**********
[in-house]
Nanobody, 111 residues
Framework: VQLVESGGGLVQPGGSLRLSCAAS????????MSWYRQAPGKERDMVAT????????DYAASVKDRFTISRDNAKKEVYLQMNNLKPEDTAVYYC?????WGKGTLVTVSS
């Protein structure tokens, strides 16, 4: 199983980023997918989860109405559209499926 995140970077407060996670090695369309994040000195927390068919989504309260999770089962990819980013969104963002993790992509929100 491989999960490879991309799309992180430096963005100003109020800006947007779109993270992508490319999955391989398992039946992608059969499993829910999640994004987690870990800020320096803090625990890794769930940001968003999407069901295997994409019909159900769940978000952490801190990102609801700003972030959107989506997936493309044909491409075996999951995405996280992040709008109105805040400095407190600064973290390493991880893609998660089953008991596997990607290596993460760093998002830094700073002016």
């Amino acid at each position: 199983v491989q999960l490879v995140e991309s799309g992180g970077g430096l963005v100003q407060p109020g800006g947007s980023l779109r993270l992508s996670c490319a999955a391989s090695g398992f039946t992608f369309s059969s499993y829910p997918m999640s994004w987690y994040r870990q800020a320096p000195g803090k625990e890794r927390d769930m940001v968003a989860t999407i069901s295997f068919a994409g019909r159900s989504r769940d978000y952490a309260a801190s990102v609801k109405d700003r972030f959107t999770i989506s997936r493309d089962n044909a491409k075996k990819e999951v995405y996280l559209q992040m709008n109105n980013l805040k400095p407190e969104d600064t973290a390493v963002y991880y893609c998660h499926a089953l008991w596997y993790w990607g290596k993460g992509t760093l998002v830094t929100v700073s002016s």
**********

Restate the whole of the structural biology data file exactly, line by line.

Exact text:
[in-house]
Nanobody, 111 residues
Framework: VQLVESGGGLVQPGGSLRLSCAAS????????MSWYRQAPGKERDMVAT????????DYAASVKDRFTISRDNAKKEVYLQMNNLKPEDTAVYYC?????WGKGTLVTVSS
């Protein structure tokens, strides 16, 4: 199983980023997918989860109405559209499926 995140970077407060996670090695369309994040000195927390068919989504309260999770089962990819980013969104963002993790992509929100 491989999960490879991309799309992180430096963005100003109020800006947007779109993270992508490319999955391989398992039946992608059969499993829910999640994004987690870990800020320096803090625990890794769930940001968003999407069901295997994409019909159900769940978000952490801190990102609801700003972030959107989506997936493309044909491409075996999951995405996280992040709008109105805040400095407190600064973290390493991880893609998660089953008991596997990607290596993460760093998002830094700073002016």
């Amino acid at each position: 199983v491989q999960l490879v995140e991309s799309g992180g970077g430096l963005v100003q407060p109020g800006g947007s980023l779109r993270l992508s996670c490319a999955a391989s090695g398992f039946t992608f369309s059969s499993y829910p997918m999640s994004w987690y994040r870990q800020a320096p000195g803090k625990e890794r927390d769930m940001v968003a989860t999407i069901s295997f068919a994409g019909r159900s989504r769940d978000y952490a309260a801190s990102v609801k109405d700003r972030f959107t999770i989506s997936r493309d089962n044909a491409k075996k990819e999951v995405y996280l559209q992040m709008n109105n980013l805040k400095p407190e969104d600064t973290a390493v963002y991880y893609c998660h499926a089953l008991w596997y993790w990607g290596k993460g992509t760093l998002v830094t929100v700073s002016s």